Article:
So, summarising: The power supply should be nominally 3.3V with a maximum range of 3.2V to 3.6V. Current draw is 100mA peak at startup, typically 45mA when running and 0.4mA in disabled mode. A small 3 terminal regulator chip like the LP2950CZ –3.3 easily meets these requirements.
There are 5 connections to the module. These are:
- Supply Voltage (3.3V)
- Transmit Data (ie, data from the module)
- Receive Data (ie, commands sent to the module)
- Enable (this is a battery input on the EM-0408E version).
The Enable signal is active high (ie, pulling it high will enable the module, pulling it low will put the module to sleep). If you are not using Enable you must pull it high with a 4.7K resistor. Letting it float will disable the module.
Some documentation states that the Receive Data line should also be pulled high for the module to work. This is not necessary as the Receive Data line has an 12K (approx) resistor internally pulling the line up to the Supply Voltage.
TTL Version Output
Both the Transmit Data and Receive Data on the more common version (with TTL voltage levels and polarity) use standard serial protocol as implemented in most microcontroller UARTs. In this interface the voltage is inverted with respect to RS232 and uses (almost) standard logic levels but otherwise it is the same serial data standard used by desktop computers.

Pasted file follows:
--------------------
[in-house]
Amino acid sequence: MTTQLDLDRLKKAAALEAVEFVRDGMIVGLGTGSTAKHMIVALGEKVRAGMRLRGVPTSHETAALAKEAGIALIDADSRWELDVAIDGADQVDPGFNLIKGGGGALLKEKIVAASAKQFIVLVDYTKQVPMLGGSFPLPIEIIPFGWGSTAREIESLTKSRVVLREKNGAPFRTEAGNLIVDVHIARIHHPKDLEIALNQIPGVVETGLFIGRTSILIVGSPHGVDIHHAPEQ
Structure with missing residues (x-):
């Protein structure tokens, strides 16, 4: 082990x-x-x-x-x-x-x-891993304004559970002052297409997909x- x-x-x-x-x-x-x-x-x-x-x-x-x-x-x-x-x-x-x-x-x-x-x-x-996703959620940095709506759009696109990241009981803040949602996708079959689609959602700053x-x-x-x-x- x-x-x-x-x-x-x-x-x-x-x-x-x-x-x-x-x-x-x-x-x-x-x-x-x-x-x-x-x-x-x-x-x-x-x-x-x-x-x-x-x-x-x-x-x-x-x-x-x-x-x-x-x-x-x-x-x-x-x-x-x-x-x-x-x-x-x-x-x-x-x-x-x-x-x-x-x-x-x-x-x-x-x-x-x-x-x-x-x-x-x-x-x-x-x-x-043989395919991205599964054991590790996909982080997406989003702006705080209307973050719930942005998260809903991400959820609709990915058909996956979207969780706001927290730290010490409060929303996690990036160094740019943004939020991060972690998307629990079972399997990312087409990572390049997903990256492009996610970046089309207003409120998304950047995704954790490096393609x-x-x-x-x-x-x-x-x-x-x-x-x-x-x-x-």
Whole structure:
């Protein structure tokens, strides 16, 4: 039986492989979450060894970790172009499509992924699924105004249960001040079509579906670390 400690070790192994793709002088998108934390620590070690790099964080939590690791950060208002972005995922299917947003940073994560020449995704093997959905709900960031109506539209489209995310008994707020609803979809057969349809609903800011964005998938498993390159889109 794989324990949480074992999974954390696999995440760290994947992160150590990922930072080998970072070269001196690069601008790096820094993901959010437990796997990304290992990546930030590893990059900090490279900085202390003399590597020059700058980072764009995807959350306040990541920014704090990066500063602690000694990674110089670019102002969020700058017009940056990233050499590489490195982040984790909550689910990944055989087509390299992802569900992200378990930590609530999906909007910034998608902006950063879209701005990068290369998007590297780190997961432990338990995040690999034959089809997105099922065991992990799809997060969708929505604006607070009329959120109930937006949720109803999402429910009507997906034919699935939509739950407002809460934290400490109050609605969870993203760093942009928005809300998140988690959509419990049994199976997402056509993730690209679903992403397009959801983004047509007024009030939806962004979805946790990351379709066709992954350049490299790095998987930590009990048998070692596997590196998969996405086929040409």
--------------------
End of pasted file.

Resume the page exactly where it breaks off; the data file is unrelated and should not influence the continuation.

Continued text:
It is easy to use the module with a microcontroller running at 3.3V (you can just directly connect the two together) but there are some important considerations if your micro is running at 5V. When sending data to the module’s Receive Data from a 5V system you must be careful not to over drive the input and to avoid this you can use a couple of resistors to drop the voltage. The value of these resistors should take into account the 12K internal resistor between Receive Data and the Supply Voltage pin.
Another issue with interfacing the module to 5V systems is that the Transmit Data logic high only reaches about 2.7V. Most modern microcontrollers have a Schmitt Trigger input and they typically need a logic high input of 4V when running on 5V. In many cases the data will just scrape through but, because the voltage is marginal, you may get errors in the data stream. These seem to increase the longer the module has been running.
A micro with TTL inputs or running on 3.3V will be OK as their logic high threshold is much lower.
For interfacing to 5V systems the solution is to put the Transmit Data stream through a comparator with the comparison voltage set to something like 1.5V. The output from this should then be a clean TTL compatible serial data stream. Fortunately, for users of the Microchip PIC series of microcontrollers, many of these chips have two comparators built in and you can use one of them to clean up the signal before passing it onto the chip’s UART.
RS-232 Version Output
If you are connecting this version to a microcontroller you will need to use an interface chip like the MAX232 to convert the output to TTL levels and signaling polarity. An alternative is to clamp the output to +5V/0V using a resistor and diode then invert the serial data stream in software in the microcontroller.